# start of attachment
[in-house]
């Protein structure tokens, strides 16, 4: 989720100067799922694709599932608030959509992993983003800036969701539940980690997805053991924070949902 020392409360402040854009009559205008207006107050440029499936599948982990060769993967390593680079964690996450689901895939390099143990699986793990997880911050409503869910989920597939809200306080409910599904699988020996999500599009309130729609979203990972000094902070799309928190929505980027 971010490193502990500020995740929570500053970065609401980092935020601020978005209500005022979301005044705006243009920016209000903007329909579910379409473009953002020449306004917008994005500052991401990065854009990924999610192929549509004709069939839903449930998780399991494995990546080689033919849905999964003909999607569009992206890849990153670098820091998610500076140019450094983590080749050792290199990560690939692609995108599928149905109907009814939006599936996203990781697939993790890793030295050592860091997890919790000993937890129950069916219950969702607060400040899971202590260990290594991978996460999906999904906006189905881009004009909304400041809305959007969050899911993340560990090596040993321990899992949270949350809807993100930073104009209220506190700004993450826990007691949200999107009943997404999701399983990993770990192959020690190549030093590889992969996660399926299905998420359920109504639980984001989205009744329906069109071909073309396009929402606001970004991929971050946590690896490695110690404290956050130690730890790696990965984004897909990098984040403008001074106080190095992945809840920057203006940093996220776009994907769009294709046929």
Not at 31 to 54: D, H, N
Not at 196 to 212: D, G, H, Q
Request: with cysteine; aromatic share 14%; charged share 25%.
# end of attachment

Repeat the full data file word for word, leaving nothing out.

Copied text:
[in-house]
């Protein structure tokens, strides 16, 4: 989720100067799922694709599932608030959509992993983003800036969701539940980690997805053991924070949902 020392409360402040854009009559205008207006107050440029499936599948982990060769993967390593680079964690996450689901895939390099143990699986793990997880911050409503869910989920597939809200306080409910599904699988020996999500599009309130729609979203990972000094902070799309928190929505980027 971010490193502990500020995740929570500053970065609401980092935020601020978005209500005022979301005044705006243009920016209000903007329909579910379409473009953002020449306004917008994005500052991401990065854009990924999610192929549509004709069939839903449930998780399991494995990546080689033919849905999964003909999607569009992206890849990153670098820091998610500076140019450094983590080749050792290199990560690939692609995108599928149905109907009814939006599936996203990781697939993790890793030295050592860091997890919790000993937890129950069916219950969702607060400040899971202590260990290594991978996460999906999904906006189905881009004009909304400041809305959007969050899911993340560990090596040993321990899992949270949350809807993100930073104009209220506190700004993450826990007691949200999107009943997404999701399983990993770990192959020690190549030093590889992969996660399926299905998420359920109504639980984001989205009744329906069109071909073309396009929402606001970004991929971050946590690896490695110690404290956050130690730890790696990965984004897909990098984040403008001074106080190095992945809840920057203006940093996220776009994907769009294709046929």
Not at 31 to 54: D, H, N
Not at 196 to 212: D, G, H, Q
Request: with cysteine; aromatic share 14%; charged share 25%.